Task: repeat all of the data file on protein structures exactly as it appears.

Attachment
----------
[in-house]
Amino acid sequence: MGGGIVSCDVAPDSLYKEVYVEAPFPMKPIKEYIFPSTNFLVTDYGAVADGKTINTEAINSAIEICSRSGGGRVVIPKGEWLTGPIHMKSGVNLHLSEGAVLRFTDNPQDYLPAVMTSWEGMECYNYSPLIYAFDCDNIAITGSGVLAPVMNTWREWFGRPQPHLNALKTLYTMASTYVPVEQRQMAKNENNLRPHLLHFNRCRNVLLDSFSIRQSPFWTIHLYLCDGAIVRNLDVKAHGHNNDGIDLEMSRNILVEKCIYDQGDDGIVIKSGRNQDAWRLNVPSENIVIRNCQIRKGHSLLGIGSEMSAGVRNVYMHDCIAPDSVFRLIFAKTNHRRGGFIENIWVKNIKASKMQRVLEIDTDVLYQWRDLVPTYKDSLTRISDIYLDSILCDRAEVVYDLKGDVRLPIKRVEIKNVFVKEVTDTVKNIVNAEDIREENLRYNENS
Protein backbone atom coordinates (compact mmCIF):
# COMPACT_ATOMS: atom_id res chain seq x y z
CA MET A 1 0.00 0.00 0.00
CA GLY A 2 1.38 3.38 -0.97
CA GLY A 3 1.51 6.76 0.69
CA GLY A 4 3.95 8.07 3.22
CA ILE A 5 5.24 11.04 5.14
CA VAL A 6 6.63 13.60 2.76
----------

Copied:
[in-house]
Amino acid sequence: MGGGIVSCDVAPDSLYKEVYVEAPFPMKPIKEYIFPSTNFLVTDYGAVADGKTINTEAINSAIEICSRSGGGRVVIPKGEWLTGPIHMKSGVNLHLSEGAVLRFTDNPQDYLPAVMTSWEGMECYNYSPLIYAFDCDNIAITGSGVLAPVMNTWREWFGRPQPHLNALKTLYTMASTYVPVEQRQMAKNENNLRPHLLHFNRCRNVLLDSFSIRQSPFWTIHLYLCDGAIVRNLDVKAHGHNNDGIDLEMSRNILVEKCIYDQGDDGIVIKSGRNQDAWRLNVPSENIVIRNCQIRKGHSLLGIGSEMSAGVRNVYMHDCIAPDSVFRLIFAKTNHRRGGFIENIWVKNIKASKMQRVLEIDTDVLYQWRDLVPTYKDSLTRISDIYLDSILCDRAEVVYDLKGDVRLPIKRVEIKNVFVKEVTDTVKNIVNAEDIREENLRYNENS
Protein backbone atom coordinates (compact mmCIF):
# COMPACT_ATOMS: atom_id res chain seq x y z
CA MET A 1 0.00 0.00 0.00
CA GLY A 2 1.38 3.38 -0.97
CA GLY A 3 1.51 6.76 0.69
CA GLY A 4 3.95 8.07 3.22
CA ILE A 5 5.24 11.04 5.14
CA VAL A 6 6.63 13.60 2.76